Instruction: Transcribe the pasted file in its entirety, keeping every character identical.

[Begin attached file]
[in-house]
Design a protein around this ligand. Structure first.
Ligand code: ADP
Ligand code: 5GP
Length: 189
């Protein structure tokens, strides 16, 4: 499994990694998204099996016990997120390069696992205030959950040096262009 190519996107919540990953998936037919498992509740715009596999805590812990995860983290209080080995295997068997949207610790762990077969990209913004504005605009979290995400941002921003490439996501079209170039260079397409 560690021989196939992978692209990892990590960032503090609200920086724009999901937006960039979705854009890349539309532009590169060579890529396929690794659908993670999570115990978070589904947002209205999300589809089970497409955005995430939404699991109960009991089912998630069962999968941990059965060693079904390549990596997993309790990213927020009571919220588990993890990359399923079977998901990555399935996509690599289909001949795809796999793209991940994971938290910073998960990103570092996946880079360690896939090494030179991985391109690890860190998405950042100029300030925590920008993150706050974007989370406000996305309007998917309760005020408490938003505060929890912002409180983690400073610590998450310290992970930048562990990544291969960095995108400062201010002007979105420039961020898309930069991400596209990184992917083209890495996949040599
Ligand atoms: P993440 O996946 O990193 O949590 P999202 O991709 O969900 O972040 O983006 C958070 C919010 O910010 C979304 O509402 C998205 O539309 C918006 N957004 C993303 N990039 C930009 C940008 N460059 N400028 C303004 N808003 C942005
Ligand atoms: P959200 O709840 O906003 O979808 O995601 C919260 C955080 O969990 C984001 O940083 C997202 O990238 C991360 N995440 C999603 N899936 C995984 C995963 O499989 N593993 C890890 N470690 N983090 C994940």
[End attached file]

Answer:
[in-house]
Design a protein around this ligand. Structure first.
Ligand code: ADP
Ligand code: 5GP
Length: 189
């Protein structure tokens, strides 16, 4: 499994990694998204099996016990997120390069696992205030959950040096262009 190519996107919540990953998936037919498992509740715009596999805590812990995860983290209080080995295997068997949207610790762990077969990209913004504005605009979290995400941002921003490439996501079209170039260079397409 560690021989196939992978692209990892990590960032503090609200920086724009999901937006960039979705854009890349539309532009590169060579890529396929690794659908993670999570115990978070589904947002209205999300589809089970497409955005995430939404699991109960009991089912998630069962999968941990059965060693079904390549990596997993309790990213927020009571919220588990993890990359399923079977998901990555399935996509690599289909001949795809796999793209991940994971938290910073998960990103570092996946880079360690896939090494030179991985391109690890860190998405950042100029300030925590920008993150706050974007989370406000996305309007998917309760005020408490938003505060929890912002409180983690400073610590998450310290992970930048562990990544291969960095995108400062201010002007979105420039961020898309930069991400596209990184992917083209890495996949040599
Ligand atoms: P993440 O996946 O990193 O949590 P999202 O991709 O969900 O972040 O983006 C958070 C919010 O910010 C979304 O509402 C998205 O539309 C918006 N957004 C993303 N990039 C930009 C940008 N460059 N400028 C303004 N808003 C942005
Ligand atoms: P959200 O709840 O906003 O979808 O995601 C919260 C955080 O969990 C984001 O940083 C997202 O990238 C991360 N995440 C999603 N899936 C995984 C995963 O499989 N593993 C890890 N470690 N983090 C994940």